28th Sunday in Ordinary Time Year B

The old city of Jerusalem has been surrounded by walls for its defence since ancient times.

These walls have been destroyed and rebuilt countless times. A journey to the old city of Jerusalem often involves a walk along the much-excavated walls.

In 16th century, during the reign of the Ottoman Empire in the region, the Ottoman Sultan Suleiman the Magnificent decided to fully rebuild the city walls on the remains of the ancient walls.

The construction lasted from 1535-1538 and these are the walls that exist today.

The “eye of a needle” referred to by Jesus in the Gospel has been claimed, by some commentators, to be a gate in the wall of Jerusalem, which opened after the main gate was closed at night.

A camel could only pass through this smaller gate if it was stooped and had its baggage removed.

So a travelling merchant wishing to enter the city to trade the following day would have to leave his precious cargo outside the gate, or remove the cargo from the camel and carry it in himself!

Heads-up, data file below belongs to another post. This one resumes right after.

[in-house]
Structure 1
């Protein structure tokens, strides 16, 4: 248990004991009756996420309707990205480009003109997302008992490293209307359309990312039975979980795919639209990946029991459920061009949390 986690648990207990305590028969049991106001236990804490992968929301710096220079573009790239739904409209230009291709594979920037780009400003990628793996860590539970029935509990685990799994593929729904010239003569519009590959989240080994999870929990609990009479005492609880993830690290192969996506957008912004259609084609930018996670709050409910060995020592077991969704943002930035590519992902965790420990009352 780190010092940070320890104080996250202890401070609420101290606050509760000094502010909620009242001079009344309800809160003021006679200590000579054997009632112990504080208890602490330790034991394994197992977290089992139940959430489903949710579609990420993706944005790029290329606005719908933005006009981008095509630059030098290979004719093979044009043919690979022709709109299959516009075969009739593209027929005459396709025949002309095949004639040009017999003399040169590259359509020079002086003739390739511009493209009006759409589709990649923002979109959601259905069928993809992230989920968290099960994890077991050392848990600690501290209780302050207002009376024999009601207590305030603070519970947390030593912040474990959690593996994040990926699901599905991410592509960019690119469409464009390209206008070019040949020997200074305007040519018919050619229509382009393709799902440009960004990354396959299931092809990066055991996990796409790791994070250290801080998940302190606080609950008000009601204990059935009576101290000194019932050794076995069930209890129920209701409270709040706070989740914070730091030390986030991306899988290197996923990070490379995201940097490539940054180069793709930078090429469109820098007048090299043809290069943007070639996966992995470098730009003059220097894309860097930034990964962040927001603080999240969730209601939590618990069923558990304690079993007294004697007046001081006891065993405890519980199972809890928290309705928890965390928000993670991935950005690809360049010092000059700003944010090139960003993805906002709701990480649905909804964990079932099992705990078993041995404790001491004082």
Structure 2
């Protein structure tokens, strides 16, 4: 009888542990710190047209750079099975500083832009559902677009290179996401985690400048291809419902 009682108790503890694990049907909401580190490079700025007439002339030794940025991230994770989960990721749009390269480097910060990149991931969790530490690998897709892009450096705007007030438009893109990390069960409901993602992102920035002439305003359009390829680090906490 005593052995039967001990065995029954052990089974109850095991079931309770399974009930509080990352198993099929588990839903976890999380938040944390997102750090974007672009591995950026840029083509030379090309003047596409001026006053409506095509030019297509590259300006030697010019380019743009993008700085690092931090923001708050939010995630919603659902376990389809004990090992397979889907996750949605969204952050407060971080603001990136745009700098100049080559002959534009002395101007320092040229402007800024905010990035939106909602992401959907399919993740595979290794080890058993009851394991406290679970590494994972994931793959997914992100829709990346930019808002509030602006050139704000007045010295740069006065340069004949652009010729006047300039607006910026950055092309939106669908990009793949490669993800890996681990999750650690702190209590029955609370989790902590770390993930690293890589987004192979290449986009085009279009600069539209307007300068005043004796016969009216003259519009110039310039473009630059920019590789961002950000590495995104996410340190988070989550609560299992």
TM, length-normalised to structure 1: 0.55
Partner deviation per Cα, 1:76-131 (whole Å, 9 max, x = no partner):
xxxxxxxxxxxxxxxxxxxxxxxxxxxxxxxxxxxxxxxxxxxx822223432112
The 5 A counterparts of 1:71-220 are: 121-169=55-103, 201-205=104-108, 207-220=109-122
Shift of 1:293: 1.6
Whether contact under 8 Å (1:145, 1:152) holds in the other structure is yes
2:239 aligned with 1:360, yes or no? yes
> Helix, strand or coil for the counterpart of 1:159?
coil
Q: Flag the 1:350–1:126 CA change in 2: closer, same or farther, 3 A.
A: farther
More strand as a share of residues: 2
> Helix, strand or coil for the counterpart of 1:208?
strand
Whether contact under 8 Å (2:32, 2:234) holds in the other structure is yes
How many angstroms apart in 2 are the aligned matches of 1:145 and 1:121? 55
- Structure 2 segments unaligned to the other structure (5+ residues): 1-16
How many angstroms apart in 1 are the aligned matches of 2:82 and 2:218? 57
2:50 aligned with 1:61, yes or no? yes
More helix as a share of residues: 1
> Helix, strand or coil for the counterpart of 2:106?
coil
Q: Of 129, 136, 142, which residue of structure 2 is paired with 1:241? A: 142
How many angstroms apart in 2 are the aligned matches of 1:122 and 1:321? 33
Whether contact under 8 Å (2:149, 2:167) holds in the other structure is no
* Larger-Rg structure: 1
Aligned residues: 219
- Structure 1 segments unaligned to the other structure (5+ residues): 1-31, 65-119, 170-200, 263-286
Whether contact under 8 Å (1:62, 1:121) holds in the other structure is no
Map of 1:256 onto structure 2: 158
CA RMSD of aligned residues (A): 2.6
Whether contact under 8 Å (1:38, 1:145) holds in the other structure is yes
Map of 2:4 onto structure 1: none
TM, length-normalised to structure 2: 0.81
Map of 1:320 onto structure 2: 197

This story has been put forth since at least the 15th century, and possibly as far back as the 9th century.

However, there is no reliable evidence for the existence of such a gate.

Whether there was or was not such a gate we may never know for sure, however, it does provide us with a worthwhile metaphor to sit and reflect with.

Am I carrying something that prevents me from entering through the gate?

    • An unresolved hurt?
    • An unreconciled relationship?
    • Anger taking up space?
    • A physical or mental illness yet to be integrated as a part of who I am?
    • Blame for the unexpected and unwanted death of a family member or close friend?

The wonderful experience is that healing is found at the gate!

Jesus says, “I am the gate. Anyone who enters through me will be safe: they will go freely in and out and be sure of finding pasture.” (John 10:9)